Jurassic World of Product Placement

We enter the scene with Chris Pratt’s character in front of his old aluminum trailer beside a serene lakeside. He’s tinkering with some bolts on his trusty motorcycle – a brand-new 2015 Triumph Scrambler. Bryce Dallas Howard’s character comes speeding up the road and then steps out of her powerful SUV – a 2015 Mercedes Benz GLE Coupe. Bryce strides over to Chris, and informs him that the park needs his assistance in inspecting a cage for their new dinosaur. Chris takes a moment away from his motorcycle, looks defiantly up at Bryce, and takes a swig from a cold glass bottle of … Coca-Cola.

Jurassic World, according to Forbes, will easily surpass $1.55+ billion at the box office, surpassing Avengers to take the number 3 spot on the list of highest-grossing movies of all time, right behind Avatar and Titanic.

My question is, how much did Jurassic World make in product placement deals? I don’t think that this statistic is publicly available, but it’s likely that the answer is: a lot.

Of course, some level of logos in a movie is necessary, simply to reflect the saturation of corporations in our daily life. Of course a luxury theme park would have a Hilton, a few Starbucks locations, a futuristic exhibition center sponsored by Samsung, and a contract with an automaker like Mercedes for vehicles. If all these items were unbranded, the audience would have to try harder to suspend disbelief.

This bounty of product placement actually continues on the legacy of the original 1993 Jurassic Park film, as The Washington Post points out, with its awesomely-painted Ford Explorers and Jeep Wranglers, its subtle inclusion of Nikon Cameras and Jolt Cola, and its accidentally huge promotion of Barbasol shaving cream.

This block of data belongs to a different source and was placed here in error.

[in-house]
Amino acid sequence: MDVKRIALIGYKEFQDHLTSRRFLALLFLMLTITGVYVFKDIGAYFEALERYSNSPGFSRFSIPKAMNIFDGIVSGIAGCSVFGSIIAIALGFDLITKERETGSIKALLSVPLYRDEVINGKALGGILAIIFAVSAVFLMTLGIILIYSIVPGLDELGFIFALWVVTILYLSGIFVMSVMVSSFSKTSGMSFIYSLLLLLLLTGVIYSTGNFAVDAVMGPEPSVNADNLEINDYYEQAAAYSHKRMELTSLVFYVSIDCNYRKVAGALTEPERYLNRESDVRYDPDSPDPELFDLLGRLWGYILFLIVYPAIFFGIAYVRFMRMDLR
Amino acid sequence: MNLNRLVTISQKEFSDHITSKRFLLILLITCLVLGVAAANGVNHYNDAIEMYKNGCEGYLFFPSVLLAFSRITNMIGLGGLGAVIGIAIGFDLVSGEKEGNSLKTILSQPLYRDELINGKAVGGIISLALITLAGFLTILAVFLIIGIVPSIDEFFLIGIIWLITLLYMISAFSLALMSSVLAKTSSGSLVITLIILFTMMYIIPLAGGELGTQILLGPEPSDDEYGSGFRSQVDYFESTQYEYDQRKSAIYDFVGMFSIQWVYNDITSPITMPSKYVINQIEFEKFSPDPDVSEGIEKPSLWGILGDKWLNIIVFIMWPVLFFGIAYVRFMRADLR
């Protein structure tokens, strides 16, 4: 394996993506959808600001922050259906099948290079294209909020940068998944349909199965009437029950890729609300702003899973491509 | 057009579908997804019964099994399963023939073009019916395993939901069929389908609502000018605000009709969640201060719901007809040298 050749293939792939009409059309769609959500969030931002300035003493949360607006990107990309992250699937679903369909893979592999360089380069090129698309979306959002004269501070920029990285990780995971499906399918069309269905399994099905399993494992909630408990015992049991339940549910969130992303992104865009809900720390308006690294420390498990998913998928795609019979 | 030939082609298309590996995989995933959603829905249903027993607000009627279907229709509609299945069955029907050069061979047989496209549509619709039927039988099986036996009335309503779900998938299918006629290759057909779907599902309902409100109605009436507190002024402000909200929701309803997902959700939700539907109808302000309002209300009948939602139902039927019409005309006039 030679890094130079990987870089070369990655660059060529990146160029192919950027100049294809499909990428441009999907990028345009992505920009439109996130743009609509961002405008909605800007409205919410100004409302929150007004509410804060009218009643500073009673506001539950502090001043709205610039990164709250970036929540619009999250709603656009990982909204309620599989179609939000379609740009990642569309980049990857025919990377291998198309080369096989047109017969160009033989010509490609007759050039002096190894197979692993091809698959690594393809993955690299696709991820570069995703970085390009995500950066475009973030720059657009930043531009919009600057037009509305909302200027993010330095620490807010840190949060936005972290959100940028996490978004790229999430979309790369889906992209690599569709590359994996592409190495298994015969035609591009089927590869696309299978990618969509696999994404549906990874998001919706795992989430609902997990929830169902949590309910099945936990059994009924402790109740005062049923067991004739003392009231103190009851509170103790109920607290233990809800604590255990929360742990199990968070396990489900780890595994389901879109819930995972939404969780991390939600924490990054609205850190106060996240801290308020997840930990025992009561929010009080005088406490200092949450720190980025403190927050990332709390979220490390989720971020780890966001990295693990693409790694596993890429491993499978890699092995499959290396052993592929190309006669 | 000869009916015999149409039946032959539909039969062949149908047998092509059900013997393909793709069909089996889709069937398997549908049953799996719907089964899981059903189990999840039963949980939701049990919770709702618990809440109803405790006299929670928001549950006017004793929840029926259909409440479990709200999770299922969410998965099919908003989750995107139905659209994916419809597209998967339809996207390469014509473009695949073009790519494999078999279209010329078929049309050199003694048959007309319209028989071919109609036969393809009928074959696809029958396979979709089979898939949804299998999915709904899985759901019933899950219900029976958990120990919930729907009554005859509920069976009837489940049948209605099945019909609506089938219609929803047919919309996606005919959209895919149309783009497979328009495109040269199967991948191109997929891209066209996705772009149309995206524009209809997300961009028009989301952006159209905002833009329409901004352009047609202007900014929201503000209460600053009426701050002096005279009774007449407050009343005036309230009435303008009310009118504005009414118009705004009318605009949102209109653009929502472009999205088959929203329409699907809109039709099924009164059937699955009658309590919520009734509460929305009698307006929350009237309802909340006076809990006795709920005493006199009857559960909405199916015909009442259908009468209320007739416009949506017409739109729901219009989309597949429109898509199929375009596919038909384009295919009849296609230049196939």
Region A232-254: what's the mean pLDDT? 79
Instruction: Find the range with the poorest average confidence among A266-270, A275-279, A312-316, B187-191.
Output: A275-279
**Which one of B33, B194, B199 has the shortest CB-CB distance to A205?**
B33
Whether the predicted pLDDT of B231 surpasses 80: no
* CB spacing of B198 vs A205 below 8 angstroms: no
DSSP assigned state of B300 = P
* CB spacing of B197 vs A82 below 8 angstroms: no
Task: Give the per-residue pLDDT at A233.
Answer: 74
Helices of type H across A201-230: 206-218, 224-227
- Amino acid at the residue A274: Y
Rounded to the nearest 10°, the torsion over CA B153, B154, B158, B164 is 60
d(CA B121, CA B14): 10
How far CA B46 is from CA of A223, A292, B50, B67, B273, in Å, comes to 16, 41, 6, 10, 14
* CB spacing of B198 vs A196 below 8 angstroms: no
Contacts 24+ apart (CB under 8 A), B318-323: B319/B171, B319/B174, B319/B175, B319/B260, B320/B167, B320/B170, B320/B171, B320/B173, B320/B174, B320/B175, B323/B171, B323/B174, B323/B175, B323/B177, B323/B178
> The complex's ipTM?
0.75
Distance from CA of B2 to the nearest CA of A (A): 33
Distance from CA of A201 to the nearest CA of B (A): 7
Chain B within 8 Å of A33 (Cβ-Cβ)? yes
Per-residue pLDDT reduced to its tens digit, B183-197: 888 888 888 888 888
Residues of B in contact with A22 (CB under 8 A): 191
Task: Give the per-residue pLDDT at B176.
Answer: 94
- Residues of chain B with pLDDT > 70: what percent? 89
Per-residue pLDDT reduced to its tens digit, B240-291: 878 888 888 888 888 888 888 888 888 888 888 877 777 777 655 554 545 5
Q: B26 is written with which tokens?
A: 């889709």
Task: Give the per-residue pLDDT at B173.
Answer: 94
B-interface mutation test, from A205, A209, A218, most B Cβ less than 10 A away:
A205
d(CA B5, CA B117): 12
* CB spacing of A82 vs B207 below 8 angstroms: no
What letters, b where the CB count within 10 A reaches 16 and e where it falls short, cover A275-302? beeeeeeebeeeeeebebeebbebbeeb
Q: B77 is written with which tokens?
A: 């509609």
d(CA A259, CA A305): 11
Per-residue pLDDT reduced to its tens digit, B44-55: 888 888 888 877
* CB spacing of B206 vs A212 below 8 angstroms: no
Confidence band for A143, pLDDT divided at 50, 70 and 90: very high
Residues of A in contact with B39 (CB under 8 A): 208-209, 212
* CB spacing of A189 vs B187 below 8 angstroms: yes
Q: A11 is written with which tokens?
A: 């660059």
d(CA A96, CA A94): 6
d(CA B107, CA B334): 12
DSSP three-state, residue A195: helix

A lot of film technology has evolved in 27 years, and product placement is no exception. Logos get even more fetishized treatment and even bolder camera focus. At some points, this film goes a little beyond the calling of good storytelling in it’s corporate tie-ins, occasionally brushing right up into the absurd. When Chris Pratt is speeding through the thick underbrush of the Central American island jungle alongside his trained velociraptors, he’s doing so on his Triumph motorcycle – miraculously not getting stuck in mud, losing traction on loose ground, or running into any logs, roots, or rocks. And, though the film’s genetically-designed super-predator dinosaur crushes and hurls trucks, jeeps, and “gyrosphere” vehicles, I can’t recall any of the array of Mercedes vehicles getting so much as a scratch, for the entire duration of the film.

I know that it would defeat the purpose of product placement to have Chris Pratt going over the handlebars on his Scrambler and Bryce Dallas Howard climbing out of the wreckage of her overturned GLE Coupe. Still, there would be something satisfying about a super-predatory dinosaur not having such fierce brand loyalty. But, maybe one part of the Indominus Rex’s genetic makeup goes undisclosed, even past his inevitable destruction – part tyrannosaurus, part velociraptor, part Universal Studios marketing executive.